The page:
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Campus Ministry

Tu Luz Trasciende (Your Light Transcends)

By Julianne Evans

When deciding to study abroad in Chile, I did not fully understand the history involving the recent dictatorship that oppressed many people starting in the 70s. We had mentioned it in the mini course we took before leaving, but only briefly. The past few days I have been given a chance to understand this difficult and recent part of their history. Through a tour of murals in a neighborhood, La Victoria, I began to see how individuals were effected by the Augusto Pinochet regime and how the people in Chile are still coping. I have also come to understand this challenge for Chileans through conversations with lecturers at Universidad de los Andes and at tours of the Human Rights Museum and La Moneda Palace. 

September 11 has two meanings. For United States citizens it means the terrorist attack in New York. For Chileans, it meant overthrowing their socialist leader, Salvador Allende, by Augusto Pinochet in 1973. One of the most deeply troubling things I learned about overthrowing this government was that the USA helped fund the Chilean military to partake in these events. However, the most unsettling aspect of Pinochet's dictatorship was the inflicted crimes against humanity. Under Pinochet's dictatorship, families were split and people were brutally treated, causing major human rights issues. From tortures to exiles and arrests, many Chileans lost loved ones in this time.

The details are interesting but that is not the part that moved me to understand where the Chilean people were coming from. It is the personal stories that made me think twice about the unjust events that occurred. One young lady shared with us her experience as a child during the regime, not knowing which side to be on as her mother and father had different views on the dictatorship and so did her two older siblings. She shared that it was a topic of discussion at school and it was hard for to handle as a young child because she did not fully understand what was going on.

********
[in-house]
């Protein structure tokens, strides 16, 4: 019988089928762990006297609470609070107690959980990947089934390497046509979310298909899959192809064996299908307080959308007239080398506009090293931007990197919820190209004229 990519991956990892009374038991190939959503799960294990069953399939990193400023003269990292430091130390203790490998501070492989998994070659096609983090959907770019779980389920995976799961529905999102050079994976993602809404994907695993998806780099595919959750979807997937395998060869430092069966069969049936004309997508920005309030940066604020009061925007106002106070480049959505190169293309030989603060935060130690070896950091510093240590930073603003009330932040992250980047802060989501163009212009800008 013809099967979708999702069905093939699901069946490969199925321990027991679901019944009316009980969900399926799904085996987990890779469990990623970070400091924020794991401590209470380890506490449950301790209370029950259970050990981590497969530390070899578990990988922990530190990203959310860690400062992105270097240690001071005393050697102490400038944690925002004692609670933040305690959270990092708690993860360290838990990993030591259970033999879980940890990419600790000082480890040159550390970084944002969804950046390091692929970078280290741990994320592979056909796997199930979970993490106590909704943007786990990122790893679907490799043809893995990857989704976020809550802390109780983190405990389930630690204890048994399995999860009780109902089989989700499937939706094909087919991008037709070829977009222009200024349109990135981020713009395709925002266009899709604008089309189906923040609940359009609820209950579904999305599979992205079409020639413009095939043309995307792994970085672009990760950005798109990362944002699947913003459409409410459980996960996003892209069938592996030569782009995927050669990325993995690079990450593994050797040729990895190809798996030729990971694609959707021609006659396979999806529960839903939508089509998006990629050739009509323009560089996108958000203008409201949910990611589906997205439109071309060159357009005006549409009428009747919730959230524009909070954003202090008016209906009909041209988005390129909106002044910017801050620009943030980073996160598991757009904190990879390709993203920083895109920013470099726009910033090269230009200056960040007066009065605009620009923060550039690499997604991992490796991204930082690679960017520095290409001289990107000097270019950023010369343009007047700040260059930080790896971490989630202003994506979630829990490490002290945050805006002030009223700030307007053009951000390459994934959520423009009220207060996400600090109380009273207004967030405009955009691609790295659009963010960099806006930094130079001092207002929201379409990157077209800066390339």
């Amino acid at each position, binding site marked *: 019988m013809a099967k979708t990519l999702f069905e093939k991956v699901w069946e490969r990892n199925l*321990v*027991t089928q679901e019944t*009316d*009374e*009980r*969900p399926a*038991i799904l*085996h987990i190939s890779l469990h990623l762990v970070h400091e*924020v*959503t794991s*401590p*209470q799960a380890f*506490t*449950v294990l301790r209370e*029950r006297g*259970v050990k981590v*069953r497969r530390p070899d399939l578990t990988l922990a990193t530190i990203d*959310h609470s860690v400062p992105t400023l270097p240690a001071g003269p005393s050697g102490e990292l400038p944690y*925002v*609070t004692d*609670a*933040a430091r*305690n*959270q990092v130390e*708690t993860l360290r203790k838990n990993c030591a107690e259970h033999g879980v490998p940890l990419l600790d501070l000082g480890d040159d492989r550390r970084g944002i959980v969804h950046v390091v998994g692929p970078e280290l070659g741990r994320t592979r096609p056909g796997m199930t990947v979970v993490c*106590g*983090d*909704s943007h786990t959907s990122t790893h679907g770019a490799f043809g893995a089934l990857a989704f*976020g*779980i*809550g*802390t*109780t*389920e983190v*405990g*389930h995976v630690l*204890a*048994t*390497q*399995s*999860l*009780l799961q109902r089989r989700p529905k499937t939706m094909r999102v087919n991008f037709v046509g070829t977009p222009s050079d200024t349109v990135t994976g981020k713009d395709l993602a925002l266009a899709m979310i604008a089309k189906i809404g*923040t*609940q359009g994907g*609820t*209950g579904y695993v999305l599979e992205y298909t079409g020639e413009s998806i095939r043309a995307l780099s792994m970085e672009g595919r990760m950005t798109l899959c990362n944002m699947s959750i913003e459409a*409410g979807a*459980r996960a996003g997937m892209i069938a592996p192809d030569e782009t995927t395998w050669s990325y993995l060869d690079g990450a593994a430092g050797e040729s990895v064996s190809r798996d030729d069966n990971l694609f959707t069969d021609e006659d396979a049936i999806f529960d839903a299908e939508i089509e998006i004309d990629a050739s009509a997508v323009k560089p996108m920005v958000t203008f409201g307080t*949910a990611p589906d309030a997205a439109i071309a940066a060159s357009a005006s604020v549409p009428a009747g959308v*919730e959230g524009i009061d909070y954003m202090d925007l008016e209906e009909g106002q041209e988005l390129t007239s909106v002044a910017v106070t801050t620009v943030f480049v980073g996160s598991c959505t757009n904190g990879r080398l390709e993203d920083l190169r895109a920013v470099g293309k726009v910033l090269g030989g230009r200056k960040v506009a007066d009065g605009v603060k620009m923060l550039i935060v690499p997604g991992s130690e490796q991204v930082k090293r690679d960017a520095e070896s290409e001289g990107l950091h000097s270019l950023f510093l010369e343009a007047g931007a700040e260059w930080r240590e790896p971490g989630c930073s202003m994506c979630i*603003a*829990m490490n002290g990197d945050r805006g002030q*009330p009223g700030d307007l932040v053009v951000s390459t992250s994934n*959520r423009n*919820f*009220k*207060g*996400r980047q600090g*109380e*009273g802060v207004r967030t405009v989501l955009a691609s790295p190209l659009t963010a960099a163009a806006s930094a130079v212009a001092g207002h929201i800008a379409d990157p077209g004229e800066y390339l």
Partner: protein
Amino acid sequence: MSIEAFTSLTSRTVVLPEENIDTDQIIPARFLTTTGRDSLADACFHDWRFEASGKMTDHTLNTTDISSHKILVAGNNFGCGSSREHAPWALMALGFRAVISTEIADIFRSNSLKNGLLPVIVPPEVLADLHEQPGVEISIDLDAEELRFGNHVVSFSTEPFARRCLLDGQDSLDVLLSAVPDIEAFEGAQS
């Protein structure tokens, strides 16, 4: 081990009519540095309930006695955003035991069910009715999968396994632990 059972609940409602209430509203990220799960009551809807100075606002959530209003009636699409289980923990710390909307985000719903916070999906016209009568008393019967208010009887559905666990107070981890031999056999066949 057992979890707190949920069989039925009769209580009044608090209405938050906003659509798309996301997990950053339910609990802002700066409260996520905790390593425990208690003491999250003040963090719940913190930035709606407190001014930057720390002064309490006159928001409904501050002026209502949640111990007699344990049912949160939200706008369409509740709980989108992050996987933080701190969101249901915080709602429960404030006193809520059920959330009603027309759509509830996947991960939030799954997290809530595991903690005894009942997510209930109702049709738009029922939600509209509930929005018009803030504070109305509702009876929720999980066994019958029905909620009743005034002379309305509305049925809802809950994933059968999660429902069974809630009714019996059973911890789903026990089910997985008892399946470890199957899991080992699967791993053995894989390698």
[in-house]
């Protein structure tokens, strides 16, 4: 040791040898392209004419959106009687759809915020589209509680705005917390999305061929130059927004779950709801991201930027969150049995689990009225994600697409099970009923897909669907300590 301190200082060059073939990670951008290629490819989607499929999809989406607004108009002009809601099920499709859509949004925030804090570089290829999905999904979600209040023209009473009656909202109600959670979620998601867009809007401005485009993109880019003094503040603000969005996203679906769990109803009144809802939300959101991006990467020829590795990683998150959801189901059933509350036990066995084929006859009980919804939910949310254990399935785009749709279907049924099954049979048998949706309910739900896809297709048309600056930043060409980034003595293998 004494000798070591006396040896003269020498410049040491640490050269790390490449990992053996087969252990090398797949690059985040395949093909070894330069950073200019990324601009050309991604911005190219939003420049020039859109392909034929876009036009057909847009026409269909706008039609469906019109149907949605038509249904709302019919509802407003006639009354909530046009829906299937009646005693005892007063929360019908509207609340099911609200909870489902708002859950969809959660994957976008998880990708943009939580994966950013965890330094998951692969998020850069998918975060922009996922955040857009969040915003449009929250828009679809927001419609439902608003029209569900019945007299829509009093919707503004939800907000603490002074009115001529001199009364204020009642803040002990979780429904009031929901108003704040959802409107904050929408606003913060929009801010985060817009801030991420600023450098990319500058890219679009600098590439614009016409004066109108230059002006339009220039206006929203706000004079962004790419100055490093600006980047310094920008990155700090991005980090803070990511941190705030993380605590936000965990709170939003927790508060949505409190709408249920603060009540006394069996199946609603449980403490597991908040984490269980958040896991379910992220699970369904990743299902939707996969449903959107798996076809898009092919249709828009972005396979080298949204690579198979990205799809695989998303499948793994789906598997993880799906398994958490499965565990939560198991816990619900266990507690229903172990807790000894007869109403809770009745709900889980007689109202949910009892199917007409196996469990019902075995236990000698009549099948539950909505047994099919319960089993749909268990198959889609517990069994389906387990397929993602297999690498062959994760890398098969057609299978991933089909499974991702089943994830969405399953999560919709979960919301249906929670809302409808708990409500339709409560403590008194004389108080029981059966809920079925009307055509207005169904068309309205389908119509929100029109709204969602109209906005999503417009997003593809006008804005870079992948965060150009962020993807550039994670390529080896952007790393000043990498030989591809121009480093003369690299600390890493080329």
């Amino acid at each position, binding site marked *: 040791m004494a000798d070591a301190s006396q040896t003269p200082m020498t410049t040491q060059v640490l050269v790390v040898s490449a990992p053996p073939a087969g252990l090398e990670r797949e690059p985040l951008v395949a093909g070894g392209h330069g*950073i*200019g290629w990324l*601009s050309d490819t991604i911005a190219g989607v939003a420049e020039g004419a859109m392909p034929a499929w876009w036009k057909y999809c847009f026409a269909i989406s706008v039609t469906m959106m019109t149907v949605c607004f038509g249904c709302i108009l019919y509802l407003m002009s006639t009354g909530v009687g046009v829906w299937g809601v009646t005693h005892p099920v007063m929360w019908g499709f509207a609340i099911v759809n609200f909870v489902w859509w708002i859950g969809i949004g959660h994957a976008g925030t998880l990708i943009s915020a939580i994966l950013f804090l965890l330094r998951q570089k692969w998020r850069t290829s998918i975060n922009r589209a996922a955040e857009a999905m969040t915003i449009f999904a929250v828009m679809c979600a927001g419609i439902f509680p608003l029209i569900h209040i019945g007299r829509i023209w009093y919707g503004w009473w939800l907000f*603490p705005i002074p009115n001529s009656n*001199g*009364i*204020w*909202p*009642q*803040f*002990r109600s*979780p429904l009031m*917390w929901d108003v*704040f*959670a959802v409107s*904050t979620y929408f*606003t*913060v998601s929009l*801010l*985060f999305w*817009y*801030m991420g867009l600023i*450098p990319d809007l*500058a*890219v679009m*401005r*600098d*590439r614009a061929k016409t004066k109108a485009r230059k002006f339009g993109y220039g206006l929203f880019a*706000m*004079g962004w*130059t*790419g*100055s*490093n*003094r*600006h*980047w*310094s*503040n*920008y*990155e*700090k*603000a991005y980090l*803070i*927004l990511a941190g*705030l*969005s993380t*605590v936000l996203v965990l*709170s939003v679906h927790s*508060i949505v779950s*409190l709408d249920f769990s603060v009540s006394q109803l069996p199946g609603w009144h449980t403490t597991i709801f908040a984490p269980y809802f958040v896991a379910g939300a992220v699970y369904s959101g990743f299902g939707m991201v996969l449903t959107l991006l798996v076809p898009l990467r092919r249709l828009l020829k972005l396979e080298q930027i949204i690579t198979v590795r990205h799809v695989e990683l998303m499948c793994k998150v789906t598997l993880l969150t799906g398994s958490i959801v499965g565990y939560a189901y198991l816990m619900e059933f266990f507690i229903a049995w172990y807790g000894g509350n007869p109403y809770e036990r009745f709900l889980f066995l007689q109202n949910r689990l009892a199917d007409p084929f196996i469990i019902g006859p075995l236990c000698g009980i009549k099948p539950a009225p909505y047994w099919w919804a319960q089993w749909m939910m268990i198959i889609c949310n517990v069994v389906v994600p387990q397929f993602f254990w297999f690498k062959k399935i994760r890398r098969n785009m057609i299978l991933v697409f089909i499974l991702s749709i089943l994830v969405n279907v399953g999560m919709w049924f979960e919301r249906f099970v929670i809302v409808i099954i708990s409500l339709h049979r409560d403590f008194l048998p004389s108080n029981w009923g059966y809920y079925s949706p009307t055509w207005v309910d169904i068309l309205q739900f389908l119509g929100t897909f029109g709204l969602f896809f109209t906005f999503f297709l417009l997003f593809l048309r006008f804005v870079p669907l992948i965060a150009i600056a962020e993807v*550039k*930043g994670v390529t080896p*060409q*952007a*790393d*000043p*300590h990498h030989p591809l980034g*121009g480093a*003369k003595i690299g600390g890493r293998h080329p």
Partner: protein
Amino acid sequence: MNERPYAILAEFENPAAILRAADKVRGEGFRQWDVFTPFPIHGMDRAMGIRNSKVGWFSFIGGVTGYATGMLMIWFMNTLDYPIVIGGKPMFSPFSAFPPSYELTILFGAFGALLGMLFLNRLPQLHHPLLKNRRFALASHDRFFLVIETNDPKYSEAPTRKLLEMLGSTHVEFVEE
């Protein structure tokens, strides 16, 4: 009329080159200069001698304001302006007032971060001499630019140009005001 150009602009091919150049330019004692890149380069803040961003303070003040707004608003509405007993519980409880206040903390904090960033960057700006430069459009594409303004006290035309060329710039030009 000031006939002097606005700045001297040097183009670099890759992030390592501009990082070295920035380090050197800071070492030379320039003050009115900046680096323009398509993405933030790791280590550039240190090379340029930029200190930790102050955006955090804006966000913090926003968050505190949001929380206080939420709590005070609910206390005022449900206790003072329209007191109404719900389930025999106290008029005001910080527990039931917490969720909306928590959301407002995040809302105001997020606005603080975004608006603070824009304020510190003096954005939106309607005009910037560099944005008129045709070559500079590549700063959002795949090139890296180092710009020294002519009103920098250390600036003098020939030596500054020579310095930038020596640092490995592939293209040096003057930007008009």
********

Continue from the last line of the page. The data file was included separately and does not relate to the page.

The most moving story though was from a woman who lost her father during the regime. Her father, Raul Montoya, was part of an underground organization against Pinochet. Authorities knew this and everyday she worried for her father to even leave the house. The one day she did not leave with him on July 21, 1976, he was arrested and disappeared. Raul's daughter who was speaking with us said that he even predicted how this would happen. Raul had the chance to leave the country yet he did not take it as he wanted to make a difference. Once he was arrested, this ignited a light in his daughter to join groups that were for people who had lost family members and were finding ways to cope and peacefully deal with the threats posed by the government.

Disappeared father

As the woman told her story about her father, it was apparent that she was still unsettled about all of the events because the government has information about what happened to her father, yet she does not exactly know what happened to him. Like many families, she is frustrated that this information about people who were lost is not being shared. She is working for justice and dignity in the community with many others. She shows immense strength and dedication to understanding her father's arrest and disappearance.

I was moved by her raw emotions as she shared her story and own experiences during the dictatorship, which lasted from 1973 to 1990. When we left the location of the mural (shown above), she gave us all hugs and said how she was so grateful we wanted to hear her story. She also said that giving her hugs gave her a sense of solace and hope for her father. The respect and compassion she showed us, without knowing us for very long, reminded me that caring for the people around me is one of the most important things in life. Your light transcends ( Tu Luz Trasciende). The lady we met that day sure showed us how that statement is true for Chileans lost in the dictatorship and the people still seeking peace for them.

Chile mural

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